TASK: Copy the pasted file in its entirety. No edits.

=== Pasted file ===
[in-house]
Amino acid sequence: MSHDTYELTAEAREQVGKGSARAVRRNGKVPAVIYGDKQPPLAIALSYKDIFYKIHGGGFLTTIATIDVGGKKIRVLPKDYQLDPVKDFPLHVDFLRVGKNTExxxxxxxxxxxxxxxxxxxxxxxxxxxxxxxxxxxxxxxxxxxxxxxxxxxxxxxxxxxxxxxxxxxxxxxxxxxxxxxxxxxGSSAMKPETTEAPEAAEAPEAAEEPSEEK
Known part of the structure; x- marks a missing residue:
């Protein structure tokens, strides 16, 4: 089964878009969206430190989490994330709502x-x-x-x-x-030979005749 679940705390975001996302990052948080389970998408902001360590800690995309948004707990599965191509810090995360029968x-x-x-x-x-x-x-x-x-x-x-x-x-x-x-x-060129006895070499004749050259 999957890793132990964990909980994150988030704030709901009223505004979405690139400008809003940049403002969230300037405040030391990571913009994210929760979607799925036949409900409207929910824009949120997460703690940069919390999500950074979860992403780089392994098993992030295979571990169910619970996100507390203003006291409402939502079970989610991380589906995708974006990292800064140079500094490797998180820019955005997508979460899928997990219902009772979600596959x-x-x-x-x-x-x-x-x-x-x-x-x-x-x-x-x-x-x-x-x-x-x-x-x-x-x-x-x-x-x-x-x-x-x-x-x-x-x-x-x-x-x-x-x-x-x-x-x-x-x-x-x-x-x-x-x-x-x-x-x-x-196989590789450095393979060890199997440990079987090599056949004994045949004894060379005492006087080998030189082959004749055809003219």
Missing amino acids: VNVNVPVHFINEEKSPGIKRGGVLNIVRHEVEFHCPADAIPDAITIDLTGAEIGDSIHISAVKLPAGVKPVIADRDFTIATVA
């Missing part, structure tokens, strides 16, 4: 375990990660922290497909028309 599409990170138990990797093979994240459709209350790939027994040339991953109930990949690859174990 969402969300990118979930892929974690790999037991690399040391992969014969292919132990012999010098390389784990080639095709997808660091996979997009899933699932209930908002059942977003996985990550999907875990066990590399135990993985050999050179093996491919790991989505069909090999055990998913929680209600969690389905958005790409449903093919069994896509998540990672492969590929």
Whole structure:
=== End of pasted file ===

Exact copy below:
[in-house]
Amino acid sequence: MSHDTYELTAEAREQVGKGSARAVRRNGKVPAVIYGDKQPPLAIALSYKDIFYKIHGGGFLTTIATIDVGGKKIRVLPKDYQLDPVKDFPLHVDFLRVGKNTExxxxxxxxxxxxxxxxxxxxxxxxxxxxxxxxxxxxxxxxxxxxxxxxxxxxxxxxxxxxxxxxxxxxxxxxxxxxxxxxxxxGSSAMKPETTEAPEAAEAPEAAEEPSEEK
Known part of the structure; x- marks a missing residue:
């Protein structure tokens, strides 16, 4: 089964878009969206430190989490994330709502x-x-x-x-x-030979005749 679940705390975001996302990052948080389970998408902001360590800690995309948004707990599965191509810090995360029968x-x-x-x-x-x-x-x-x-x-x-x-x-x-x-x-060129006895070499004749050259 999957890793132990964990909980994150988030704030709901009223505004979405690139400008809003940049403002969230300037405040030391990571913009994210929760979607799925036949409900409207929910824009949120997460703690940069919390999500950074979860992403780089392994098993992030295979571990169910619970996100507390203003006291409402939502079970989610991380589906995708974006990292800064140079500094490797998180820019955005997508979460899928997990219902009772979600596959x-x-x-x-x-x-x-x-x-x-x-x-x-x-x-x-x-x-x-x-x-x-x-x-x-x-x-x-x-x-x-x-x-x-x-x-x-x-x-x-x-x-x-x-x-x-x-x-x-x-x-x-x-x-x-x-x-x-x-x-x-x-196989590789450095393979060890199997440990079987090599056949004994045949004894060379005492006087080998030189082959004749055809003219």
Missing amino acids: VNVNVPVHFINEEKSPGIKRGGVLNIVRHEVEFHCPADAIPDAITIDLTGAEIGDSIHISAVKLPAGVKPVIADRDFTIATVA
């Missing part, structure tokens, strides 16, 4: 375990990660922290497909028309 599409990170138990990797093979994240459709209350790939027994040339991953109930990949690859174990 969402969300990118979930892929974690790999037991690399040391992969014969292919132990012999010098390389784990080639095709997808660091996979997009899933699932209930908002059942977003996985990550999907875990066990590399135990993985050999050179093996491919790991989505069909090999055990998913929680209600969690389905958005790409449903093919069994896509998540990672492969590929």
Whole structure: